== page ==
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Software M&A - Q2 Review
By Ken Bender and David Legacki, Software Equity Group, L.L.C.
U.S. Economy: Software Industry Macroeconomics
Despite continuing crude oil price increases and growing inflation concerns, the U.S. economy continued to improve in the second quarter of 2006, albeit at a markedly slower pace than 1Q06. Gross Domestic Product (GDP), a key economic indicator and broadest measure of economic activity, is projected to grow at a lackluster annualized rate of 1.7% in 2Q06, but follows on the heels of 1Q06’s GDP of 5.6%, the fastest pace of growth since the economy grew 7.2% in the third quarter of 2003 (Figure 1). According to a midyear survey of 56 forecasters by The Wall Street Journal, economists are cautiously projecting 3.0% GDP growth in 3Q06. Personal consumption, exports, private investment, equipment and software expenditures, and federal government spending are cited as the key drivers. According to the U.S. Department of Commerce, equipment and software spending, a component of GDP that is primarily IT related, was a major contributor to the GDP growth in 1Q06. Equipment and software spending for 1Q06 increased 14.8% over 4Q05.
The Conference Board’s index of leading economic indicators, which gauges the economy’s likely performance over the next three to six months, paints a less optimistic picture. Only three in ten indicators that comprise the leading index increased in May. The positive contributors – beginning with the most positive contributor - were manufacturers’ new orders for nondefense capital goods, manufacturers’ new orders for consumer goods and materials, and interest rate spread. The negative contributors – beginning with the most negative – were average weekly initial claims for unemployment insurance (inverted), index of consumer expectations, real money supply, average weekly manufacturing hours, building permits, stock prices, and vendor performance.
Committed to keeping inflation at bay, the Federal Reserve stayed the course and raised the Federal Funds rate 25 basis points to 5.25% at the end of 2Q06, up from 3.25% at the end of 2Q05. The number of unemployed (7.0 million) and the nation’s unemployment rate (4.6%) remained relatively unchanged from 1Q06 to 2Q06. The unemployment rate has been steadily decreasing for the past few years. It is markedly lower than the 5.0% and 5.6%, reported over the same period for the second quarter of 2005 and 2004, respectively.
Public Markets and Public Software & Internet Company Performance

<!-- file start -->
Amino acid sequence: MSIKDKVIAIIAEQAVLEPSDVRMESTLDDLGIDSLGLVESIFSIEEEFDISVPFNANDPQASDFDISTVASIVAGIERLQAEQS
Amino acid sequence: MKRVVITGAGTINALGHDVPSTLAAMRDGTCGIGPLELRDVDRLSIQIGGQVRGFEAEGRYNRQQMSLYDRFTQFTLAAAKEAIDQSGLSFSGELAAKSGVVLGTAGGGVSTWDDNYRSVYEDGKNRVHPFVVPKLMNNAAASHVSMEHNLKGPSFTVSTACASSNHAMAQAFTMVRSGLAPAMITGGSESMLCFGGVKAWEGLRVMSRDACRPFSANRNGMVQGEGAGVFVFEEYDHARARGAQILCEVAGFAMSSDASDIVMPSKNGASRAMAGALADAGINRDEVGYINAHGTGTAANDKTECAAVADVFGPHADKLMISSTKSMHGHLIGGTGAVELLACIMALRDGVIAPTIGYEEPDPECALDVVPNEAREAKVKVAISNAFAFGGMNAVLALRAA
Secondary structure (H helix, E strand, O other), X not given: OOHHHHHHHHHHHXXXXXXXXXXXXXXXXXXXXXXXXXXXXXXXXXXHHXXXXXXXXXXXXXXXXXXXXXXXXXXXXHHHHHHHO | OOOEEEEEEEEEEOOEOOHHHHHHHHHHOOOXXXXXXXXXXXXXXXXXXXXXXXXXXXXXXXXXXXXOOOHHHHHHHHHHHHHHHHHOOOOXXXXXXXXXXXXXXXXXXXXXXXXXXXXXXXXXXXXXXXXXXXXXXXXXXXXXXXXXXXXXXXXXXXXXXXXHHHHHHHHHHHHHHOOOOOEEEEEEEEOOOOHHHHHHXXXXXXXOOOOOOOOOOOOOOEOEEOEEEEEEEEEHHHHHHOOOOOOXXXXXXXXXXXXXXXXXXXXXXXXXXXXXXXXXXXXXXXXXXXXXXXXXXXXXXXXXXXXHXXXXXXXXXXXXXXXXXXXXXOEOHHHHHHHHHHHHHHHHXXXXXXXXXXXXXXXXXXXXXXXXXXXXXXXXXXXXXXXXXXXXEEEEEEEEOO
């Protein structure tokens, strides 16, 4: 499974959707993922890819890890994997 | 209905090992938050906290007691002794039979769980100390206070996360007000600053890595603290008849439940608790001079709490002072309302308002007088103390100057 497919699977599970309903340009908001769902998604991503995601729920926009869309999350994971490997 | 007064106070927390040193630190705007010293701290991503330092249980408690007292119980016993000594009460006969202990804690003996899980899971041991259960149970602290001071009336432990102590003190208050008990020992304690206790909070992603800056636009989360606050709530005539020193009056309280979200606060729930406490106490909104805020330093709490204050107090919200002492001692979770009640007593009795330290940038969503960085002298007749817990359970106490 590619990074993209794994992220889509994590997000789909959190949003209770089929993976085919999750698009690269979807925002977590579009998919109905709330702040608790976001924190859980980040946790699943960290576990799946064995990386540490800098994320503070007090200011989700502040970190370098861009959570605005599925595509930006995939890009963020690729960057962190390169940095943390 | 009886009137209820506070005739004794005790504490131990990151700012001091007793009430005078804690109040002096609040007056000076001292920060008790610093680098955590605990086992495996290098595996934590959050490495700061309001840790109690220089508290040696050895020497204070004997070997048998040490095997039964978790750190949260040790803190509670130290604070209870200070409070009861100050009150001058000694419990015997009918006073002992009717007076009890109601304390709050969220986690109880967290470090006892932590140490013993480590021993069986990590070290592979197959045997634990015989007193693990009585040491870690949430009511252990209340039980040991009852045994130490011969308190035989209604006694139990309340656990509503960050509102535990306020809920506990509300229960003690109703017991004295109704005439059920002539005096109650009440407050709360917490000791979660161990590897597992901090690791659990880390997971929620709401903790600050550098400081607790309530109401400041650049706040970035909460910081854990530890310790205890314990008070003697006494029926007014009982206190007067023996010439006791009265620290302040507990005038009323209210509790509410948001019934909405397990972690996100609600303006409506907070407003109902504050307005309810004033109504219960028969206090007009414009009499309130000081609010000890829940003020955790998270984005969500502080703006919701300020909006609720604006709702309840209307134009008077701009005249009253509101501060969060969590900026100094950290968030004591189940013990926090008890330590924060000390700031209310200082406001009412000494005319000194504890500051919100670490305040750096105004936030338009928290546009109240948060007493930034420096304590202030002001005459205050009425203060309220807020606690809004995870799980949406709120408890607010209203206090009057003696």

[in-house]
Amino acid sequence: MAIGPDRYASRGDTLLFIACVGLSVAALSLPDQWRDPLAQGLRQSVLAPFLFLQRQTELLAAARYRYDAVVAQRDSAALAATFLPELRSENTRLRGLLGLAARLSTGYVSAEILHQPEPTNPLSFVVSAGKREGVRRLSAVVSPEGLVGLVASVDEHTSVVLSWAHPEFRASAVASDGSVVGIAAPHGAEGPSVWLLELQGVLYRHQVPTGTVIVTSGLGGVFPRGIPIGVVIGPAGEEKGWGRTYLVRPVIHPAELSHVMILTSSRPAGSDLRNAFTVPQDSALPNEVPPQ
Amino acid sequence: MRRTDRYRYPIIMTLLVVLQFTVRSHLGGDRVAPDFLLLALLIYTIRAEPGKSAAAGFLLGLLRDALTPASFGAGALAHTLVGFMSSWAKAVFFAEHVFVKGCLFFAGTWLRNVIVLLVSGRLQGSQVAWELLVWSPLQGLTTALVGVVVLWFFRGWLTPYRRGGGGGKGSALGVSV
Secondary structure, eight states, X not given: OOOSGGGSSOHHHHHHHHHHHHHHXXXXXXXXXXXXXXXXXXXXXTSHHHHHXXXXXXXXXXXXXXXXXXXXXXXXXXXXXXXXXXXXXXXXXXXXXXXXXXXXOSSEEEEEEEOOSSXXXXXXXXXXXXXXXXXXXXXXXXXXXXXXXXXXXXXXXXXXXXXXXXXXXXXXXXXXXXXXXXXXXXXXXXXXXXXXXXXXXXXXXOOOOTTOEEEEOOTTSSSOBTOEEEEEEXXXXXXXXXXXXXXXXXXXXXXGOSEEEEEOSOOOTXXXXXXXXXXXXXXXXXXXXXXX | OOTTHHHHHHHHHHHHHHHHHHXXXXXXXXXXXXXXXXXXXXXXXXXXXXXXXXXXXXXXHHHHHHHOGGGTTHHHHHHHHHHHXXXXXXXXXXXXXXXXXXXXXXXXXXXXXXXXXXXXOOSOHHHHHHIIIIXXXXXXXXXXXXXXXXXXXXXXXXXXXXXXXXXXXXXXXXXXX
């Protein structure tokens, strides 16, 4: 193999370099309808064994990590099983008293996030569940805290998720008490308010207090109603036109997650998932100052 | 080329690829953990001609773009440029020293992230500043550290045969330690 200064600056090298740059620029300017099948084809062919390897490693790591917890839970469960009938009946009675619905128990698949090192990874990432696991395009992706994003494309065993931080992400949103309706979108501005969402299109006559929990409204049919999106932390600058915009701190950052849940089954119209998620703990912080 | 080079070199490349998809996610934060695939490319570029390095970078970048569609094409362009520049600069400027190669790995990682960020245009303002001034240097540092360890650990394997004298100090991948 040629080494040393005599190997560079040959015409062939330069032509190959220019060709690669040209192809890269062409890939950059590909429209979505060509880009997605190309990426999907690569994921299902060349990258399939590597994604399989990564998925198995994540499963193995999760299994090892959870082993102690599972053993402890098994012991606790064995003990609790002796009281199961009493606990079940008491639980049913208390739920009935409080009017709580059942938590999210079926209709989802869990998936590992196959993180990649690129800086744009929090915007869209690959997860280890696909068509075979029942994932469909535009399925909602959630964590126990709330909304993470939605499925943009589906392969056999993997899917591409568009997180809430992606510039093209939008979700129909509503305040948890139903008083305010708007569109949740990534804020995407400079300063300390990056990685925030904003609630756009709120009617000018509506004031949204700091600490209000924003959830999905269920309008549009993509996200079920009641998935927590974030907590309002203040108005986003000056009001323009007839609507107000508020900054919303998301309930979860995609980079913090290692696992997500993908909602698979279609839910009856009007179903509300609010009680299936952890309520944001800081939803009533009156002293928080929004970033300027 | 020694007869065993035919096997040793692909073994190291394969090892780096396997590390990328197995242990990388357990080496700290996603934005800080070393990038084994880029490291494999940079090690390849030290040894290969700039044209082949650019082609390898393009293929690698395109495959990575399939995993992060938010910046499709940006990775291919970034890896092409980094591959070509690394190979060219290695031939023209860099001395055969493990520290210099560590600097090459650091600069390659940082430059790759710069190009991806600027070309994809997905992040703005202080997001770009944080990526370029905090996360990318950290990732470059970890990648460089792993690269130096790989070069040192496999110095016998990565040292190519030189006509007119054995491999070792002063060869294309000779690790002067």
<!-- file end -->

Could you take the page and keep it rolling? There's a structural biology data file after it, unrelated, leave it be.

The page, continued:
After a strong first quarter, public markets retreated in 2Q06, reflecting investor uneasiness with macroeconomic factors. The S&P 500 and tech heavy NASDAQ, after ending 1Q06 with gains of 3.7% and 6.1%, respectively, lost their footing in 2Q06, posting quarterly losses of 1.9% and 7.6%, respectively, following the first quarter. For the year, the S&P 500 is up 1.8% while the NASDAQ is down 1.5% (Figure 2).
New SEG Tracking Indexes For Public Software and Internet Companies
In response to requests from our clients and subscribers, we have greatly expanded our public software company tracking index which took effect last quarter. Our former index, the SEG-100, was comprised of 109 companies in 17 principal product categories. Our new SEG Software Index became effective January 1, 2006 and is comprised of 262 public software companies in 27 distinct product categories. We’ve also added a second new tracking index, the SEG Internet Index, comprised of 26 public companies in 4 distinct categories. The SEG Software Index and SEG Internet Index will facilitate even greater software industry micro- and macro-analysis, and will enable our readers to glean additional insight about industry trends and industry subsector financial performance.
Public Software Company Performance
Public software company financial performance continued to improve in the second quarter, but it wasn’t enough to satisfy investors. Median revenue of the 262 software companies comprising the SEG Software Index grew 12.5%, and median earnings grew 8.7%, over the same quarter a year ago (Figures 3 and 4).
However, on a quarter-over-quarter basis, median public software company valuations (enterprise value to revenue multiples) fell from 2.2x in 1Q06 to 2.1x in 2Q06, a trend consistent with the broader market indexes. Other key financial performance measures for the SEG-Software Index are enumerated in Figure 5.
As in past quarters, the financial performance of public software companies in 2Q06 varied widely by software product category (Figure 6).